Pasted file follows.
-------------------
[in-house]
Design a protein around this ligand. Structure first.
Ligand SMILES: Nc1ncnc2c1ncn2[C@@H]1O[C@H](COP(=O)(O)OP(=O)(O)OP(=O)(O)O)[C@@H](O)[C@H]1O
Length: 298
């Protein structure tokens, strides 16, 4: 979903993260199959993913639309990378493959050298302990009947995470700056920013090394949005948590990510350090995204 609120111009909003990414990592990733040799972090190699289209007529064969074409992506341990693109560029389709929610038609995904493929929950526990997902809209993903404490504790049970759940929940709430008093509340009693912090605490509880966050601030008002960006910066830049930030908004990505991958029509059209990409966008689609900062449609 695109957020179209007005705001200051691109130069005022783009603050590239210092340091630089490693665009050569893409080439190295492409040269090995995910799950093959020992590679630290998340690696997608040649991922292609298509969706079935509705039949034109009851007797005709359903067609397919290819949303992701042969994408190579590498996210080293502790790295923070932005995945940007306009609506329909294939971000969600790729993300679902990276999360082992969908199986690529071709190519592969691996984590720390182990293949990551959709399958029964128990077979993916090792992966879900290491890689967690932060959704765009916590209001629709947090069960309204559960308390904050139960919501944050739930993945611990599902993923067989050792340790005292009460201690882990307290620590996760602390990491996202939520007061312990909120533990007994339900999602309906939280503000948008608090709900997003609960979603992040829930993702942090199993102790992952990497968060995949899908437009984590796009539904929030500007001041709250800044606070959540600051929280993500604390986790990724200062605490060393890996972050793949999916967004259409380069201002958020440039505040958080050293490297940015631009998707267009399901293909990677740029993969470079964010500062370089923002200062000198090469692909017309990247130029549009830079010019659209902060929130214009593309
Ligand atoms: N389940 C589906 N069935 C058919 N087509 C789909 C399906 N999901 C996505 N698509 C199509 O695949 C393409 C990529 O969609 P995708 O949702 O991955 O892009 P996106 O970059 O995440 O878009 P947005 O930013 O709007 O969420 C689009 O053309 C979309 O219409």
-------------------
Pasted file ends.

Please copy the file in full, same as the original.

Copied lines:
[in-house]
Design a protein around this ligand. Structure first.
Ligand SMILES: Nc1ncnc2c1ncn2[C@@H]1O[C@H](COP(=O)(O)OP(=O)(O)OP(=O)(O)O)[C@@H](O)[C@H]1O
Length: 298
């Protein structure tokens, strides 16, 4: 979903993260199959993913639309990378493959050298302990009947995470700056920013090394949005948590990510350090995204 609120111009909003990414990592990733040799972090190699289209007529064969074409992506341990693109560029389709929610038609995904493929929950526990997902809209993903404490504790049970759940929940709430008093509340009693912090605490509880966050601030008002960006910066830049930030908004990505991958029509059209990409966008689609900062449609 695109957020179209007005705001200051691109130069005022783009603050590239210092340091630089490693665009050569893409080439190295492409040269090995995910799950093959020992590679630290998340690696997608040649991922292609298509969706079935509705039949034109009851007797005709359903067609397919290819949303992701042969994408190579590498996210080293502790790295923070932005995945940007306009609506329909294939971000969600790729993300679902990276999360082992969908199986690529071709190519592969691996984590720390182990293949990551959709399958029964128990077979993916090792992966879900290491890689967690932060959704765009916590209001629709947090069960309204559960308390904050139960919501944050739930993945611990599902993923067989050792340790005292009460201690882990307290620590996760602390990491996202939520007061312990909120533990007994339900999602309906939280503000948008608090709900997003609960979603992040829930993702942090199993102790992952990497968060995949899908437009984590796009539904929030500007001041709250800044606070959540600051929280993500604390986790990724200062605490060393890996972050793949999916967004259409380069201002958020440039505040958080050293490297940015631009998707267009399901293909990677740029993969470079964010500062370089923002200062000198090469692909017309990247130029549009830079010019659209902060929130214009593309
Ligand atoms: N389940 C589906 N069935 C058919 N087509 C789909 C399906 N999901 C996505 N698509 C199509 O695949 C393409 C990529 O969609 P995708 O949702 O991955 O892009 P996106 O970059 O995440 O878009 P947005 O930013 O709007 O969420 C689009 O053309 C979309 O219409």